BRENTWOOD -- Ron Enos isn't exactly trumpeting his film debut -- he says most of his friends have no idea he's on the Internet.

But thousands of others have seen the 49-year-old Brentwood farmer, who landed a starring role in one of five short documentaries that appeared on YouTube earlier this month offering behind-the-scenes glimpses of individuals doing physically demanding work.

Shell Oil Company financed the project not to tout its line of lubricants ("The engine oil that works as hard as you do"), but to help the public better understand the challenges those truck drivers and heavy equipment operators face every day, said Chris Guerrero, the product's global brand manager.

Farmer Ron Enos sits in his pickup truck on his farm in Brentwood on Nov. 19, 2013. Enos turned up on YouTube earlier this month -- not in an amateur
Farmer Ron Enos sits in his pickup truck on his farm in Brentwood on Nov. 19, 2013. Enos turned up on YouTube earlier this month -- not in an amateur family video, but in a series of five profiles of individuals who have physically demanding jobs. (Susan Tripp Pollard/Staff)

In addition to Enos, the vignettes feature a Michigan snowplow driver, a cattle rancher in Utah, a Mendocino County logger and a retired New York City firefighter who volunteered to rebuild homes and businesses flattened by Hurricane Sandy.

A production company contacted Enos this spring asking if a crew could shadow him over the Memorial Day weekend, the traditional kickoff of East County's summer harvest season when thousands flock to U-pick farms like his to taste the first fruits of growers' labors.

Over the course of two days, a camera crew filmed Enos hustling among his cherry, peach and nectarine orchards hoisting bins of the just-harvested fruit into the back of his truck to take to the farm stand. During the four-minute video he notes that the 24 acres he's dedicated to organic farming entails significantly more hands-on effort than the conventional approach.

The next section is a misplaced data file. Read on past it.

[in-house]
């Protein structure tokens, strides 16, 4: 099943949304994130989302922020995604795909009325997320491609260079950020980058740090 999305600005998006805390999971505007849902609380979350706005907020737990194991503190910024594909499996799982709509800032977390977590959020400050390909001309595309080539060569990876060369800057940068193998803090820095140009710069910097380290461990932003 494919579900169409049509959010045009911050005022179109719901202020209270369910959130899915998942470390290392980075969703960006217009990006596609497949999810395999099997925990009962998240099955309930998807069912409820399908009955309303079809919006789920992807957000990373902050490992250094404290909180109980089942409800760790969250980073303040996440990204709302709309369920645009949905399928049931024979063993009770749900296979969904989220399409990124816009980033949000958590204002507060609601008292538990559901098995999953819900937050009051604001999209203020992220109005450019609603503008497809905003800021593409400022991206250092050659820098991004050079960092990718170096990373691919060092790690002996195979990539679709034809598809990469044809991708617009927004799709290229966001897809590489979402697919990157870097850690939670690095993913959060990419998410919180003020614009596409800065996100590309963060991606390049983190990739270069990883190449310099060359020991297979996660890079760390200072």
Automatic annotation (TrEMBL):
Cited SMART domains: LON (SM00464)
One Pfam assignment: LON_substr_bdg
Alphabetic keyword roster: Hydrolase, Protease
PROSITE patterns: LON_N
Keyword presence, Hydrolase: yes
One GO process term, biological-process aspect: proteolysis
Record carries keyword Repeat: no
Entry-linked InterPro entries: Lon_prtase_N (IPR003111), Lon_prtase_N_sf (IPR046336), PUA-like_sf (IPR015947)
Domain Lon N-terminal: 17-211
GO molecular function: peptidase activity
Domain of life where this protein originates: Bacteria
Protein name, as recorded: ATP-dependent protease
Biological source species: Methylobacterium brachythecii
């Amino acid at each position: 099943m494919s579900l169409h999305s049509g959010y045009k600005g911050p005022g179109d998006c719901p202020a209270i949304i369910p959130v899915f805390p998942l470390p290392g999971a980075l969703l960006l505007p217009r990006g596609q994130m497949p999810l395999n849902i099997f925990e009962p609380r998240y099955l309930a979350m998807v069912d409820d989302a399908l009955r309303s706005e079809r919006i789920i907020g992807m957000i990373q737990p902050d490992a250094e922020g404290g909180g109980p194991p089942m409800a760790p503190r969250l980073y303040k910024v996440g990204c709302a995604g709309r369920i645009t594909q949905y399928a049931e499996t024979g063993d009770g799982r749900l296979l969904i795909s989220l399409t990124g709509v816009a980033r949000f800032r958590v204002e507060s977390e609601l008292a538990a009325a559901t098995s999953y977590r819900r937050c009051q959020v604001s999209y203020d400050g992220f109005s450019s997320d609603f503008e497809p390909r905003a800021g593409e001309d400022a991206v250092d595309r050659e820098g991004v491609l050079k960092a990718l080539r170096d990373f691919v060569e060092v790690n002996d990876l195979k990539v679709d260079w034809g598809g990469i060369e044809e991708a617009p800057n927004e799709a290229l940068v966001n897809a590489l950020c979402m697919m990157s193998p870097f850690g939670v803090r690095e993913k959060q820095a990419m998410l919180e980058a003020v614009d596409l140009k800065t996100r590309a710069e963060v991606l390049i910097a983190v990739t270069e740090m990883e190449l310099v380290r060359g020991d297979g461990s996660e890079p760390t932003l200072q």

It's not a career for those who put a premium on sleep and 40-hour workweeks, but it's what Enos knows and loves.

Representing the sixth generation of farmers on his mother's side and the third on his father's, Enos grew up working in the family business.

He continued working with his dad after college, striking out on his own during a seven-year stay in Australia where he cultivated a wide assortment of grape varieties.

These days Enos grows a cornucopia of produce on his 49 acres that ranges from grapefruits, Mandarin oranges and lemons to butternut squash and sugar pie pumpkins.

Typically up at 5 a.m. and in the fields within 30 minutes, he's usually on the go until sundown and maintains the 12-hour-a-day pace year around.

His days start even earlier in the summer, when Enos rises at 3 a.m. to deliver fresh pickings to Bay Area grocery stores in Berkeley and Lafayette.

In the space of several hours earlier this week, Enos had hand-watered 3,000-plus fava beans and garlic plants that he'd transplanted the day before to ensure the soil was firm around their roots.

"As hard as this looks, it's what I choose," he said.

And Enos points out that although he was singled out for the video, his labors are far from unique.

"There's a lot of people who work just as hard. I don't find myself all that special," he said.

To watch Enos' YouTube video, go to http://bit.ly/1cA5fzr

Contact Rowena Coetsee at 925-779-7141. Follow her at Twitter.com/RowenaCoetsee.

ON VIDEO
To watch Enos' YouTube video, go to http://bit.ly/1cA5fzr